The Whitechapel Centre’s Children and Young Persons Project works with children who are living with their families, experiencing homelessness and are being supported by the charity. In the last year we worked with 129 children, from birth to age 18.
While our family centres provide a safe, stable place to stay much of the support provided focuses on the parent’s circumstances. We saw the need for specific, specialist support for the children and young people and developed the project with funding from Children In Need. The effect of homelessness on children can sometimes be overlooked, but we know it can limit their opportunities to just be a child and live in a world where they have stability, routine, are carefree and able to grow, develop and have hope for the future.
All the children have experienced homelessness which can affect their well-being, resulting in a lack of self-esteem and confidence, stress, instability and loss of friends. Many of the children have had their education disrupted as a result of upheaval. Some have had difficult, traumatic experiences including domestic abuse, violence, arson, criminal activity of a family member, having a parent who has mental health and or substance misuse issues, death of a loved one as well as the children of refugee families who have witnessed war and destruction.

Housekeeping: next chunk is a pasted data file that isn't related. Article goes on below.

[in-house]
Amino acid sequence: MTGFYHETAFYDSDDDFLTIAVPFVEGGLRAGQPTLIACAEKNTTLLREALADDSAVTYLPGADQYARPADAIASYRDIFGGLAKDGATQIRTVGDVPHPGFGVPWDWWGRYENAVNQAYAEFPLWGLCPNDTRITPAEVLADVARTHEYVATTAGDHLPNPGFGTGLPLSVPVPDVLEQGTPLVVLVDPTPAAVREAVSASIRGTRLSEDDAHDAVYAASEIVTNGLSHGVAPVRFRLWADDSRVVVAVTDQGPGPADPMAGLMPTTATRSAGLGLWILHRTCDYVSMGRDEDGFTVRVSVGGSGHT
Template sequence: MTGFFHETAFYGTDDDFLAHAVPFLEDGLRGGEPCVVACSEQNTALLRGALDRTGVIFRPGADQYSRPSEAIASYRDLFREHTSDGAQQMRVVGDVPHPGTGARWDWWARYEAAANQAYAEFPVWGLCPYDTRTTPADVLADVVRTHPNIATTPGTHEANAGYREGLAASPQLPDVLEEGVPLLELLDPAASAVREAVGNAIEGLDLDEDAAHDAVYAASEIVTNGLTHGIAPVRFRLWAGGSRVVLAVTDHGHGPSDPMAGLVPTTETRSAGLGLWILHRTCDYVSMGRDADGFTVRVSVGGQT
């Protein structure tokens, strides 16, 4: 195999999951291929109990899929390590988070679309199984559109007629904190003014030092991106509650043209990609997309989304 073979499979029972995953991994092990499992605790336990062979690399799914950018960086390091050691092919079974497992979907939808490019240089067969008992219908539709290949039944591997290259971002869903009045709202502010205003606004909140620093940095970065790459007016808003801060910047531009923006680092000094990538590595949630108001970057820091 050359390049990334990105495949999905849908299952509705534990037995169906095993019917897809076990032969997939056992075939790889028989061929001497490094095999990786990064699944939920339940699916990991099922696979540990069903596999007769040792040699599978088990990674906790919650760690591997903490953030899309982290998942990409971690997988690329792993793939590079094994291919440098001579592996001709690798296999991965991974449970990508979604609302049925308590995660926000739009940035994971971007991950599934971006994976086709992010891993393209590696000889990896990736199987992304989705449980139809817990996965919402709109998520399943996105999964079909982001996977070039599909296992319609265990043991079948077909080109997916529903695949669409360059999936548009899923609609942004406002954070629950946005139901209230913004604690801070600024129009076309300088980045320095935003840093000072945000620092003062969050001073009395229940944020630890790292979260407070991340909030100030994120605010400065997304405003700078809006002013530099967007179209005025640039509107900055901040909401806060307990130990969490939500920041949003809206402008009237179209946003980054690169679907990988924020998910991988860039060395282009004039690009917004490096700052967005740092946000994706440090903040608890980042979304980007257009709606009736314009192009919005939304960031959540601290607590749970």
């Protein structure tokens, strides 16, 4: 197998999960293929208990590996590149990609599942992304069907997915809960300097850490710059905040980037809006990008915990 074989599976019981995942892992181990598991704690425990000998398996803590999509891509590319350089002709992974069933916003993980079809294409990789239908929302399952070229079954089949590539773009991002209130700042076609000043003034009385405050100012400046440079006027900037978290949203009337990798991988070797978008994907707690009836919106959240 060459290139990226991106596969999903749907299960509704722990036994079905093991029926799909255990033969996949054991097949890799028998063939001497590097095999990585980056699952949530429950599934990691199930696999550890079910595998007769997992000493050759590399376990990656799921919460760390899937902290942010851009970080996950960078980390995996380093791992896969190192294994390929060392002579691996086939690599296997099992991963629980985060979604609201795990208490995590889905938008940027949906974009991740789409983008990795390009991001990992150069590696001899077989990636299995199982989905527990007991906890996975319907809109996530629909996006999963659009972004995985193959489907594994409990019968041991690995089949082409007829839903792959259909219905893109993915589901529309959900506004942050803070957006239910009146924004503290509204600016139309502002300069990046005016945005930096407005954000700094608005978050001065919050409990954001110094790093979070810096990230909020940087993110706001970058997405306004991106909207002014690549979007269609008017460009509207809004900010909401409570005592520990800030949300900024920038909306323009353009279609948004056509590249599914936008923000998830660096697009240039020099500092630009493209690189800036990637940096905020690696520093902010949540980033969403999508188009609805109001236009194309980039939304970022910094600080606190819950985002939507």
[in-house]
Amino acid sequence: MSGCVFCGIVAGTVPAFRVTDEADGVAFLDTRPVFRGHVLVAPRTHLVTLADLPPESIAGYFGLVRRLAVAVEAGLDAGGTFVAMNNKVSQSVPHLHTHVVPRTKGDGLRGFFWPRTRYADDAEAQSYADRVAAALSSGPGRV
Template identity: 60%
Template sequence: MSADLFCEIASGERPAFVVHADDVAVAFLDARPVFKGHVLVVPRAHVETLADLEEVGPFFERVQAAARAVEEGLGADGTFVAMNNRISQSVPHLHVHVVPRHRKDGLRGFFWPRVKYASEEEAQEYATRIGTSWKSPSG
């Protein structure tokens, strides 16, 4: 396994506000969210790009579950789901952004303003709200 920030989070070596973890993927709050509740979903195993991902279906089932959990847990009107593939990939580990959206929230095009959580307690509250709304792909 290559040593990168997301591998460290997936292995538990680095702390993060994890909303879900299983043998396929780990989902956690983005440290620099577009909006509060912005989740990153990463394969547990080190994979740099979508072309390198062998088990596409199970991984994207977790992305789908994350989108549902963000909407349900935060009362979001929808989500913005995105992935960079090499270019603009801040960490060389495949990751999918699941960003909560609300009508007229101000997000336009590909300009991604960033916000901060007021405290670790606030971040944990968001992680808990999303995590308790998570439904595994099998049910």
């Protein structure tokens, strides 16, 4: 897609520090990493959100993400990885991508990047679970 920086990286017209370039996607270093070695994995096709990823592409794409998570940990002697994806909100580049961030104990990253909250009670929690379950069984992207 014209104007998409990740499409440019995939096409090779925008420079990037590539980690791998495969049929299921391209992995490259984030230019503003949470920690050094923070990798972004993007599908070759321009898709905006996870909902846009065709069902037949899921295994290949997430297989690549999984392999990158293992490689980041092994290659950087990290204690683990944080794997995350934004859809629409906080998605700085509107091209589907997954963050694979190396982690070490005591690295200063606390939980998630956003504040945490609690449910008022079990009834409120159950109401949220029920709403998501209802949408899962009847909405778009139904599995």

Our key areas of support are education and development, health and wellbeing; and involvement in meaningful activities within the community. We ensure children are in education, attend school regularly and receiving the right support for their needs. We organise regular group and individual activities to promote wellbeing, including yoga and mindfulness, drama and dance and interactive play. We also help children reconnect with old friends make new friends and join activities and groups local to them.
Many of the children are on a journey dealing with past and present experiences and struggling to find ways to express themselves. These experiences can influence the ways in which the child develops. We do a lot of work with understanding Adverse Childhood Experience (ACE) and how the child that presents today can be struggling in their environment. We ask “What has happened to you” rather than “What is wrong with you” and we give children the tools and strategies to help cope with their situation and most importantly enjoy their childhoods.
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